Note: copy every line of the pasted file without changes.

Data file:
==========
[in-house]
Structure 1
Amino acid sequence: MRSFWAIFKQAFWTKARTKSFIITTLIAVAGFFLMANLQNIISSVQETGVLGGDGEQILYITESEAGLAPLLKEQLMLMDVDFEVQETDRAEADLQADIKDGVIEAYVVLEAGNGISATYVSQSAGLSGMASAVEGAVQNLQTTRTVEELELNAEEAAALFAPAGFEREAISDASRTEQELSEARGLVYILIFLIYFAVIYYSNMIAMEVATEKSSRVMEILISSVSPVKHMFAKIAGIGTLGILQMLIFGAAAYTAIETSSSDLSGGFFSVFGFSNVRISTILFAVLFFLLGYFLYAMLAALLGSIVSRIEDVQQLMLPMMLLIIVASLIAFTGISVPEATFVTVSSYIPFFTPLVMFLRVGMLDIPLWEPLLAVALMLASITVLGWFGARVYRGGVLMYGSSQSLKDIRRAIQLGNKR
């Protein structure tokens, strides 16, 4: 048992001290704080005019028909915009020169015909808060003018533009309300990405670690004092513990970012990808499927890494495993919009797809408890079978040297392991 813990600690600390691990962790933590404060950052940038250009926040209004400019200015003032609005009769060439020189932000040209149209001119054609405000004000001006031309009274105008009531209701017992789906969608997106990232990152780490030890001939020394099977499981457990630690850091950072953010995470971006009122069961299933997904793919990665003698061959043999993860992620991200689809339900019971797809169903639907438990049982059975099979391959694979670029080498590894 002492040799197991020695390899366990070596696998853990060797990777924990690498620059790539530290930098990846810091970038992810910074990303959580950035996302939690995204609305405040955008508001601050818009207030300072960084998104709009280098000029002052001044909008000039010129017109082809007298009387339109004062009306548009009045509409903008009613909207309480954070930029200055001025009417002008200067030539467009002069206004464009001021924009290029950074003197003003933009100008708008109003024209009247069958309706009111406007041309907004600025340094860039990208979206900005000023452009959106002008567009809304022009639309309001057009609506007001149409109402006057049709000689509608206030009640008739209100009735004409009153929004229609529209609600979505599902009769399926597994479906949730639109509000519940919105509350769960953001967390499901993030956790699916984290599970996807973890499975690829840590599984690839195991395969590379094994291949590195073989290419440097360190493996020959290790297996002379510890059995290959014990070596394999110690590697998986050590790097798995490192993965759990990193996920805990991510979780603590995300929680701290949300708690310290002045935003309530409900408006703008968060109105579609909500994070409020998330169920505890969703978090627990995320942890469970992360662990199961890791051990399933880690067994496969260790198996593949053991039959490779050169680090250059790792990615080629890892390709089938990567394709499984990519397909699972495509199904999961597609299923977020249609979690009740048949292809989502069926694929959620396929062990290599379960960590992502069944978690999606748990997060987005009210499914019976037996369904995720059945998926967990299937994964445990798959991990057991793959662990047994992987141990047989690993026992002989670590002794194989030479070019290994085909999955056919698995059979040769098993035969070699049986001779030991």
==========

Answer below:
[in-house]
Structure 1
Amino acid sequence: MRSFWAIFKQAFWTKARTKSFIITTLIAVAGFFLMANLQNIISSVQETGVLGGDGEQILYITESEAGLAPLLKEQLMLMDVDFEVQETDRAEADLQADIKDGVIEAYVVLEAGNGISATYVSQSAGLSGMASAVEGAVQNLQTTRTVEELELNAEEAAALFAPAGFEREAISDASRTEQELSEARGLVYILIFLIYFAVIYYSNMIAMEVATEKSSRVMEILISSVSPVKHMFAKIAGIGTLGILQMLIFGAAAYTAIETSSSDLSGGFFSVFGFSNVRISTILFAVLFFLLGYFLYAMLAALLGSIVSRIEDVQQLMLPMMLLIIVASLIAFTGISVPEATFVTVSSYIPFFTPLVMFLRVGMLDIPLWEPLLAVALMLASITVLGWFGARVYRGGVLMYGSSQSLKDIRRAIQLGNKR
């Protein structure tokens, strides 16, 4: 048992001290704080005019028909915009020169015909808060003018533009309300990405670690004092513990970012990808499927890494495993919009797809408890079978040297392991 813990600690600390691990962790933590404060950052940038250009926040209004400019200015003032609005009769060439020189932000040209149209001119054609405000004000001006031309009274105008009531209701017992789906969608997106990232990152780490030890001939020394099977499981457990630690850091950072953010995470971006009122069961299933997904793919990665003698061959043999993860992620991200689809339900019971797809169903639907438990049982059975099979391959694979670029080498590894 002492040799197991020695390899366990070596696998853990060797990777924990690498620059790539530290930098990846810091970038992810910074990303959580950035996302939690995204609305405040955008508001601050818009207030300072960084998104709009280098000029002052001044909008000039010129017109082809007298009387339109004062009306548009009045509409903008009613909207309480954070930029200055001025009417002008200067030539467009002069206004464009001021924009290029950074003197003003933009100008708008109003024209009247069958309706009111406007041309907004600025340094860039990208979206900005000023452009959106002008567009809304022009639309309001057009609506007001149409109402006057049709000689509608206030009640008739209100009735004409009153929004229609529209609600979505599902009769399926597994479906949730639109509000519940919105509350769960953001967390499901993030956790699916984290599970996807973890499975690829840590599984690839195991395969590379094994291949590195073989290419440097360190493996020959290790297996002379510890059995290959014990070596394999110690590697998986050590790097798995490192993965759990990193996920805990991510979780603590995300929680701290949300708690310290002045935003309530409900408006703008968060109105579609909500994070409020998330169920505890969703978090627990995320942890469970992360662990199961890791051990399933880690067994496969260790198996593949053991039959490779050169680090250059790792990615080629890892390709089938990567394709499984990519397909699972495509199904999961597609299923977020249609979690009740048949292809989502069926694929959620396929062990290599379960960590992502069944978690999606748990997060987005009210499914019976037996369904995720059945998926967990299937994964445990798959991990057991793959662990047994992987141990047989690993026992002989670590002794194989030479070019290994085909999955056919698995059979040769098993035969070699049986001779030991």